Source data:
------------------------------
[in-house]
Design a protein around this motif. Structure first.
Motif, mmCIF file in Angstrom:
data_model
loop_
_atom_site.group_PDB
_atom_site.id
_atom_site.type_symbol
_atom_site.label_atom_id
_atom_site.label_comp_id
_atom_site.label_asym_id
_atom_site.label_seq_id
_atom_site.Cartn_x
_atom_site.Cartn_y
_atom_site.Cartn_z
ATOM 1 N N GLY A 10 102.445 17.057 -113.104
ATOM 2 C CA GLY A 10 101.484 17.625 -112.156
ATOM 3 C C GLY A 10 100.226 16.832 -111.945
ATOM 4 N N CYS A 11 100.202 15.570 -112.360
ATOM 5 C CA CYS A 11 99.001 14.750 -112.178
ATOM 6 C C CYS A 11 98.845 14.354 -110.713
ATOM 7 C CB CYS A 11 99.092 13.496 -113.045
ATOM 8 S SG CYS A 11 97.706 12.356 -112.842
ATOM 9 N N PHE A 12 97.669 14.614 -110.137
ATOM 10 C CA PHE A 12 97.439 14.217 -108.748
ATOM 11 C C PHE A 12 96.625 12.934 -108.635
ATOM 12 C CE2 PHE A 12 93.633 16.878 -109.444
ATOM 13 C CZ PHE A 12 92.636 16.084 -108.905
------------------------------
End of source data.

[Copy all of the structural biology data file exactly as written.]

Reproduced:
[in-house]
Design a protein around this motif. Structure first.
Motif, mmCIF file in Angstrom:
data_model
loop_
_atom_site.group_PDB
_atom_site.id
_atom_site.type_symbol
_atom_site.label_atom_id
_atom_site.label_comp_id
_atom_site.label_asym_id
_atom_site.label_seq_id
_atom_site.Cartn_x
_atom_site.Cartn_y
_atom_site.Cartn_z
ATOM 1 N N GLY A 10 102.445 17.057 -113.104
ATOM 2 C CA GLY A 10 101.484 17.625 -112.156
ATOM 3 C C GLY A 10 100.226 16.832 -111.945
ATOM 4 N N CYS A 11 100.202 15.570 -112.360
ATOM 5 C CA CYS A 11 99.001 14.750 -112.178
ATOM 6 C C CYS A 11 98.845 14.354 -110.713
ATOM 7 C CB CYS A 11 99.092 13.496 -113.045
ATOM 8 S SG CYS A 11 97.706 12.356 -112.842
ATOM 9 N N PHE A 12 97.669 14.614 -110.137
ATOM 10 C CA PHE A 12 97.439 14.217 -108.748
ATOM 11 C C PHE A 12 96.625 12.934 -108.635
ATOM 12 C CE2 PHE A 12 93.633 16.878 -109.444
ATOM 13 C CZ PHE A 12 92.636 16.084 -108.905